It’s funny what even the most seasoned politicians will say if they believe they aren’t on the record. It can happen to the best of them, so it’s no surprise that slick British PM David Cameron is the latest political figure to firmly lodge his foot in his own mouth. Rather controversially, the PM bragged that the Queen had “purred down the line” upon receiving news of Scotland’s decision to stay a part of the UK. The feline comparison has been met with round disapproval and calls for a swift apology to the Queen Regent.
The fiasco started when Mr. Cameron decided to pay a visit to the headquarters of Bloomberg Media in New York. In town for the UN Summit, the Conservative Prime Minister was met by former NY Mayor and head-honcho Michael Bloomberg. The two were ushered down a corridor, apparently unaware that their candid conversation was being recorded on a pooled TV camera waiting in the wings.
“The definition of relief is being the prime minister of the United Kingdom and ringing the queen and saying ‘It’s alright, it’s OK.’ That was something,” Cameron bragged to the diminutive mogul. “She purred down the line.”
Following on from those comments, Mr. Cameron addressed his own misgivings about the Scottish Independence vote. “It should never have been that close,” he said. “I want to find these polling companies and I want to sue them for my stomach ulcers because of what they put me through.”
Glibness aside, Mr. Cameron’s comments have been taken as a breach of protocol by the UK press, who are all too aware of the private nature of communications between the executive and the monarch. The issue is further muddied by his apparent willingness to divulge sensitive and perhaps even embarrassing information to a foreign national (watch the clip online, Mr. Cameron is hardly being interrogated).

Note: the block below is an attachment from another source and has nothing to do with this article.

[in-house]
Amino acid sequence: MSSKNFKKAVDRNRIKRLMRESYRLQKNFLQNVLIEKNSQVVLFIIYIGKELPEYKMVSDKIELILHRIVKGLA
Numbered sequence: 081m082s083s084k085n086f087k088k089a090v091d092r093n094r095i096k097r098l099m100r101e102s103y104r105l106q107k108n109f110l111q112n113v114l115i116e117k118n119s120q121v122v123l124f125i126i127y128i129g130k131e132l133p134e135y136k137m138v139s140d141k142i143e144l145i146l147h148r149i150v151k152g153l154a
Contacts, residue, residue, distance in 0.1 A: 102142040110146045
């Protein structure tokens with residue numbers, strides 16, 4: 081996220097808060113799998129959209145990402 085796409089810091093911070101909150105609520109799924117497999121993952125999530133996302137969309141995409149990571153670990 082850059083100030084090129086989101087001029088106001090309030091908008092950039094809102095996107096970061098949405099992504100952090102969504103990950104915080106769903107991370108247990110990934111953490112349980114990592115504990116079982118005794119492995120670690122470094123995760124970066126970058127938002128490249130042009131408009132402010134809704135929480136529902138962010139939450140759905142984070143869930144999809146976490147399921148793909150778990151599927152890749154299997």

It’s also a publicly embarrassing moment for Queen Elizabeth, not used to being mocked by Prime Ministers in such a belittling way. In fact, Mr. Cameron’s comparison has been met with round disapproval online and in the 24-hour British media, a risky proposition for an out-of-state PM.
In the end, it was left to Mr. Bloomberg to put an end to Mr. Cameron’s confessional stream. “Well, that’s why you get paid the big bucks,” he surmised, capping off a sensitive conversation which should never have been so publicly conducted.
It boggles the mind that seasoned political operatives such as Mr. Cameron are still susceptible to such epic lapses of judgment. After all, there are dozens of cameras in his line of sight and he’s surrounded by the media on all sides. Perhaps a more salient explanation is that he simply wasn’t expecting to get caught, that he assumed he was in friendly territory and therefore impervious to the obvious lenses and microphones surrounding him.
But, as we all know by now, the media (and its diminutive masters) can prove to be mercurial forces beyond control.
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